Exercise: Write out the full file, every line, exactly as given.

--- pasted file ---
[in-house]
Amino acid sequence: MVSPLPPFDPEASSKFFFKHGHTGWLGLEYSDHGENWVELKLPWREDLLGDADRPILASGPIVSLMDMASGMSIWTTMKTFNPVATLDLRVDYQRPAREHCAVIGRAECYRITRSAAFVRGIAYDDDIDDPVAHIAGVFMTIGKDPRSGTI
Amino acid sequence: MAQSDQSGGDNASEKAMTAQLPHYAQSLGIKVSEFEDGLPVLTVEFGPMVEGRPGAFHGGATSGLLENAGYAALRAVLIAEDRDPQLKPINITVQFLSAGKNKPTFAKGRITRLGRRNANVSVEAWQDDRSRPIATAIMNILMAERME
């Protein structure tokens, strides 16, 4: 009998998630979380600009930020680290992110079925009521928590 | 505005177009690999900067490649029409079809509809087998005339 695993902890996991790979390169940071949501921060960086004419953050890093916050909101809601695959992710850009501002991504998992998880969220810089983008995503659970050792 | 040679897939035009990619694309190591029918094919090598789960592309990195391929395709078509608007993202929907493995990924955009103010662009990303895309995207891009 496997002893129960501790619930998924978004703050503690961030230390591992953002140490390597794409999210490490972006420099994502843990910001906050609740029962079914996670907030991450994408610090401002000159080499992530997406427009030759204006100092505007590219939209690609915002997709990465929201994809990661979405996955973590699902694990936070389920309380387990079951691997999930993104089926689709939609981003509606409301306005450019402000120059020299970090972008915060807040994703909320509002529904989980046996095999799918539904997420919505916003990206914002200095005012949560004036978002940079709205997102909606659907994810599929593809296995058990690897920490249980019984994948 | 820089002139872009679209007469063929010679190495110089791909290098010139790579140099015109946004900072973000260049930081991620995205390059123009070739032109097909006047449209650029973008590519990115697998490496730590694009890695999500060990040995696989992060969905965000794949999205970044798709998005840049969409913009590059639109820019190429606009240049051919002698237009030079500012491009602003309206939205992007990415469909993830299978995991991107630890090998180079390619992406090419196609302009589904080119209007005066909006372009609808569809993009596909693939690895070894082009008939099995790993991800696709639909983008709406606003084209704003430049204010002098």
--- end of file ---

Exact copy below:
[in-house]
Amino acid sequence: MVSPLPPFDPEASSKFFFKHGHTGWLGLEYSDHGENWVELKLPWREDLLGDADRPILASGPIVSLMDMASGMSIWTTMKTFNPVATLDLRVDYQRPAREHCAVIGRAECYRITRSAAFVRGIAYDDDIDDPVAHIAGVFMTIGKDPRSGTI
Amino acid sequence: MAQSDQSGGDNASEKAMTAQLPHYAQSLGIKVSEFEDGLPVLTVEFGPMVEGRPGAFHGGATSGLLENAGYAALRAVLIAEDRDPQLKPINITVQFLSAGKNKPTFAKGRITRLGRRNANVSVEAWQDDRSRPIATAIMNILMAERME
């Protein structure tokens, strides 16, 4: 009998998630979380600009930020680290992110079925009521928590 | 505005177009690999900067490649029409079809509809087998005339 695993902890996991790979390169940071949501921060960086004419953050890093916050909101809601695959992710850009501002991504998992998880969220810089983008995503659970050792 | 040679897939035009990619694309190591029918094919090598789960592309990195391929395709078509608007993202929907493995990924955009103010662009990303895309995207891009 496997002893129960501790619930998924978004703050503690961030230390591992953002140490390597794409999210490490972006420099994502843990910001906050609740029962079914996670907030991450994408610090401002000159080499992530997406427009030759204006100092505007590219939209690609915002997709990465929201994809990661979405996955973590699902694990936070389920309380387990079951691997999930993104089926689709939609981003509606409301306005450019402000120059020299970090972008915060807040994703909320509002529904989980046996095999799918539904997420919505916003990206914002200095005012949560004036978002940079709205997102909606659907994810599929593809296995058990690897920490249980019984994948 | 820089002139872009679209007469063929010679190495110089791909290098010139790579140099015109946004900072973000260049930081991620995205390059123009070739032109097909006047449209650029973008590519990115697998490496730590694009890695999500060990040995696989992060969905965000794949999205970044798709998005840049969409913009590059639109820019190429606009240049051919002698237009030079500012491009602003309206939205992007990415469909993830299978995991991107630890090998180079390619992406090419196609302009589904080119209007005066909006372009609808569809993009596909693939690895070894082009008939099995790993991800696709639909983008709406606003084209704003430049204010002098």